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Not 'just a cry for help'...

Self-harm is a significant problem in our society and is a risk factor for suicide. In fact, more than half of all people who die by suicide have a history of self-harming. Read on to find out more...



Introduction


Self harm is when someone intentionally damages or injures their body. It's usually a way of dealing with, or expressing emotional distress.


It's difficult to know exactly, but it's thought that at least 10% of all young people self harm at some point.


Self-harm is common in young people, particularly young women, but anyone, of any age can self-harm.



Causes


The driver behind most self-harm is as a coping mechanism for dealing with overwhelming distress. This can result from:


Societal problems - such as bullying, relationship problems or gender/sexuality issues.


Traumatic experiences - such as physical, domestic or sexual abuse, or the death of someone close.


Psychological causes - such as depression, anxiety, psychosis or personality disorders.


Often, these causes lead to a build up of negative feelings. If the person isn't receiving any support and is dealing with the situation on their own, they can use self-harm as a way to deal with it.


People often describe their self-harming as like a 'release', which makes them feel better and stops things building up.



Ways that People Self-Harm


People self-harm in a variety of ways. This can include, but is not limited to:


  • Cutting or piercing their skin

  • Burning themselves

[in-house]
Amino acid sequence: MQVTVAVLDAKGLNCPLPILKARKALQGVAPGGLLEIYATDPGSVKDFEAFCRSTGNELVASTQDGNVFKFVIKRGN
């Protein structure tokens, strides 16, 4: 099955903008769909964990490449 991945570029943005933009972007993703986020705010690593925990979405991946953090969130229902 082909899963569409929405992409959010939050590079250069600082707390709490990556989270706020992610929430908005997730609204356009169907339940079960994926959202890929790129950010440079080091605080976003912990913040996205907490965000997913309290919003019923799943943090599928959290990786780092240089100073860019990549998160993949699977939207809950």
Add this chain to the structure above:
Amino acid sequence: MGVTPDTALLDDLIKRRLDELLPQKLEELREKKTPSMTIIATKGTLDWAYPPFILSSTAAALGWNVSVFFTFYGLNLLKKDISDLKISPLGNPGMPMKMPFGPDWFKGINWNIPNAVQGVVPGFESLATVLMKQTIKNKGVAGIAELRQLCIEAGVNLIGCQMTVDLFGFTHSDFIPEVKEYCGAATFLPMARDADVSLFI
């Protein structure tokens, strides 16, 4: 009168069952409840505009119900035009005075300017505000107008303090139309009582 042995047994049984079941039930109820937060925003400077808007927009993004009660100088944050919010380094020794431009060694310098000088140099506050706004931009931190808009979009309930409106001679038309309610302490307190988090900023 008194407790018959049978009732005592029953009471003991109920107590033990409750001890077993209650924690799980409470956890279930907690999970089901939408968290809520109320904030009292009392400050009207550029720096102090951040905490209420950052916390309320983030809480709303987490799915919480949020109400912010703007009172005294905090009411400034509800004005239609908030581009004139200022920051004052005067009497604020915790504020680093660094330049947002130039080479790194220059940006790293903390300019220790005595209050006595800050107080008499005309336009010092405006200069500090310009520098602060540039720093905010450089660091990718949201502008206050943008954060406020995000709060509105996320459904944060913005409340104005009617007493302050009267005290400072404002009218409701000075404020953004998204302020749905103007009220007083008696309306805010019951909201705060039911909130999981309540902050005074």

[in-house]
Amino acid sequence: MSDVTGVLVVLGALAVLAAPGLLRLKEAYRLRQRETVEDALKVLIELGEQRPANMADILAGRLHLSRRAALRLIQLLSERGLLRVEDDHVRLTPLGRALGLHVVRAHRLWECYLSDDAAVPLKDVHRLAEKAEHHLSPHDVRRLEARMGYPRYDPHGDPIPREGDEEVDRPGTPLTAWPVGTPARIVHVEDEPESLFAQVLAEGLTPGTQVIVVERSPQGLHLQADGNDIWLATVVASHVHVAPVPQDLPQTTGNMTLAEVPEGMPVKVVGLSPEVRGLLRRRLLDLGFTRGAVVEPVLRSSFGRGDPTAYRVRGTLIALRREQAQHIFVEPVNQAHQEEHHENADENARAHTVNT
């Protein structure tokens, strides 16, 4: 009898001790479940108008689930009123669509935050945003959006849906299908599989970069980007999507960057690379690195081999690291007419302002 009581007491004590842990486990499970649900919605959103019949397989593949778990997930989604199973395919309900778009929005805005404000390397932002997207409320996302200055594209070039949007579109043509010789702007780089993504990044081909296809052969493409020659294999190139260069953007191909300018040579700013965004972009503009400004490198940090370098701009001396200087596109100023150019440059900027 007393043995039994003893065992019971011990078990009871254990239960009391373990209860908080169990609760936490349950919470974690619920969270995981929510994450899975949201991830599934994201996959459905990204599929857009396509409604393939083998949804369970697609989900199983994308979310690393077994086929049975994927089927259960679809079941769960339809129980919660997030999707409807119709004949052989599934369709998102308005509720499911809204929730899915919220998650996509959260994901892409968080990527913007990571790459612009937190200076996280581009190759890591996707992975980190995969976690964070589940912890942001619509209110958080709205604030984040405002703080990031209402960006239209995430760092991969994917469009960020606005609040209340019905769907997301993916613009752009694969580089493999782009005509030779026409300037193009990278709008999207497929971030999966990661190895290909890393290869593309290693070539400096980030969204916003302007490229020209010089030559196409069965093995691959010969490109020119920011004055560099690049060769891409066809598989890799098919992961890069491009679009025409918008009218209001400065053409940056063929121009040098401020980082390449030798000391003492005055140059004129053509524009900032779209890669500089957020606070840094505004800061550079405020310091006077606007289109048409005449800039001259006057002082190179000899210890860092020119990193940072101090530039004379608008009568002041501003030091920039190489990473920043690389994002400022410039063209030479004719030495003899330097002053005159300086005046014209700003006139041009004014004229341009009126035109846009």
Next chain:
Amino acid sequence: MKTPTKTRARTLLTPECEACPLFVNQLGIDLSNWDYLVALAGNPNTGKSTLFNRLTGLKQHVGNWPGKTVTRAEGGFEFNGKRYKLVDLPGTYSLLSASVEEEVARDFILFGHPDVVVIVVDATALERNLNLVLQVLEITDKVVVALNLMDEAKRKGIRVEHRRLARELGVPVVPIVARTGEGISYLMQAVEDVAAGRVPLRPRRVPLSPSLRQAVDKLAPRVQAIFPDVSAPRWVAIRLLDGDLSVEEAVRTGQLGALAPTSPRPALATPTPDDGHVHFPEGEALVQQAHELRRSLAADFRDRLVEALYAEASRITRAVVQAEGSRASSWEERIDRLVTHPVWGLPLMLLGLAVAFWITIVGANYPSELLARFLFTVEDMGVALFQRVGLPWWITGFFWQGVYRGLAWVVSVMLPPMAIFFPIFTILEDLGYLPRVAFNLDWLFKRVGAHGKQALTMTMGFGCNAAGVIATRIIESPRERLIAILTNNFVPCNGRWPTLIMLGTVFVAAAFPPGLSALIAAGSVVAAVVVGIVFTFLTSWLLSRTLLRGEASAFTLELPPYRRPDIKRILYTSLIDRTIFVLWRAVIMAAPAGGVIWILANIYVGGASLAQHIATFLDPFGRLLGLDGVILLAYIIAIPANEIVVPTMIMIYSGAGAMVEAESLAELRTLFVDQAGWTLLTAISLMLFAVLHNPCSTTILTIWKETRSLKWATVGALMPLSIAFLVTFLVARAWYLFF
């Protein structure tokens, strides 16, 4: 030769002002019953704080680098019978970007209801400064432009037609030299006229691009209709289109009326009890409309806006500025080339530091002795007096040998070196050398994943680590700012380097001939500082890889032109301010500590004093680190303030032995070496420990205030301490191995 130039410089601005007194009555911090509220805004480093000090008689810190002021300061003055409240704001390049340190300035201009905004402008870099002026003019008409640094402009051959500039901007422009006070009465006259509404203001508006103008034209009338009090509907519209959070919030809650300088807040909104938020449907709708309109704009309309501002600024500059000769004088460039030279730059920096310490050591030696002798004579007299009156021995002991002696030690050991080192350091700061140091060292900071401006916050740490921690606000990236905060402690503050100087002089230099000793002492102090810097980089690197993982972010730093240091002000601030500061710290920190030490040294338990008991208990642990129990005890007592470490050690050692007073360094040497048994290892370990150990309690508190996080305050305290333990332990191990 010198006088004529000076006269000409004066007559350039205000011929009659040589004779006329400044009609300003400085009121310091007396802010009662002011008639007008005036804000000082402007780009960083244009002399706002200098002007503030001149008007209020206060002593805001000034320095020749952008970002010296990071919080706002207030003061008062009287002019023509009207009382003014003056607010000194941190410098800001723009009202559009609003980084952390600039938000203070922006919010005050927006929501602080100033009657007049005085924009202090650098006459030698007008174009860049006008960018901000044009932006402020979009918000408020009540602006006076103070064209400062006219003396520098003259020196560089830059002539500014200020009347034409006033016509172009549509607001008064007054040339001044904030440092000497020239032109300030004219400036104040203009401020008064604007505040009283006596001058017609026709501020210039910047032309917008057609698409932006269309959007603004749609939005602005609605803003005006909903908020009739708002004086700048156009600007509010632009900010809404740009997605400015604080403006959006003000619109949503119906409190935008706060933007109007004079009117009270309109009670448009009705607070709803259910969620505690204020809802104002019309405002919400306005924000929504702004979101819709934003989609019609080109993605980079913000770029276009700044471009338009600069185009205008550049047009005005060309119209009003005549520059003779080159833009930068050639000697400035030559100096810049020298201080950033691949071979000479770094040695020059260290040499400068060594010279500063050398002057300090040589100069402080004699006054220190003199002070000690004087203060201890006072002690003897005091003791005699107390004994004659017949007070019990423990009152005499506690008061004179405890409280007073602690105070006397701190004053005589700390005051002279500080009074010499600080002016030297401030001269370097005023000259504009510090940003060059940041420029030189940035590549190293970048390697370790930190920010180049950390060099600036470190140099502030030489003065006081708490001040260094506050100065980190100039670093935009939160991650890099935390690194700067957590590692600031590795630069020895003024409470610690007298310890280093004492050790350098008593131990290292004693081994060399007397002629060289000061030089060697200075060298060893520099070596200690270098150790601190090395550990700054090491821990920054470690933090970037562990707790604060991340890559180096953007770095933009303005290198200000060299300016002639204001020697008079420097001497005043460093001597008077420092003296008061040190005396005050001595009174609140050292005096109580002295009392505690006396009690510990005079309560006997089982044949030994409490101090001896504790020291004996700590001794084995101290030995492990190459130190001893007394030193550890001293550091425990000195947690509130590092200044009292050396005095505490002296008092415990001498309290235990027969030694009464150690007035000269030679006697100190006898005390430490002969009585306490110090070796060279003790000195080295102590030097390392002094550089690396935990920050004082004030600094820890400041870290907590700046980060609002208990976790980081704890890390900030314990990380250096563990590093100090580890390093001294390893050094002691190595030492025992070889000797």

• Punching things or hitting them-self

  • Pulling out hair

  • Poisoning themselves with tablets or other chemicals

  • Misusing alcohol or drugs

  • Interfering with wound healing


Whilst these are more 'obvious' ways, people may also self-harm in more subtle ways, such as through their eating or exercising, or causing them-self psychological harm.



Signs and symptoms


The signs and symptoms of self-harm vary from person to person and are often kept secret due to shame or fear of being found out. In fact, it may be the fact that they're always covered up that is the thing you first notice about them.


Look out for...


  • Unexplained injuries, such as cuts or burns

  • Signs of low self-esteem

  • Signs of associated mental health problems, such as depression or anxiety

  • Changes in behaviour, such as becoming withdrawn

  • Misuse of alcohol or drugs (prescription or illicit)


These are just some of the symptoms. If something doesn't seem right and has come to your attention, it's probably worth investigating.



Helping someone who is self-harming


When trying to help someone who is suspected of self-harming, you should apply the principles of the Mental Health First Aid Action Plan, CARE (or ALGEE in the US). I'll talk more about this in a future post, but in summary...


  • Check for risk of harm or suicide

  • Apply non-judgemental listening skills

  • Reassure and provide advice

  • Encourage self-help and professional support


If the person needs it, you should ensure that the person receives first aid treatment and/or call 999 for an ambulance.


Once you've started a conversation with the person and found out a bit about what's going on, you should try to encourage them to get professional help. This is usually accessed through their GP, but may also be through one of the mental health charities, or could even be direct to local NHS mental health services, such as CAMHS.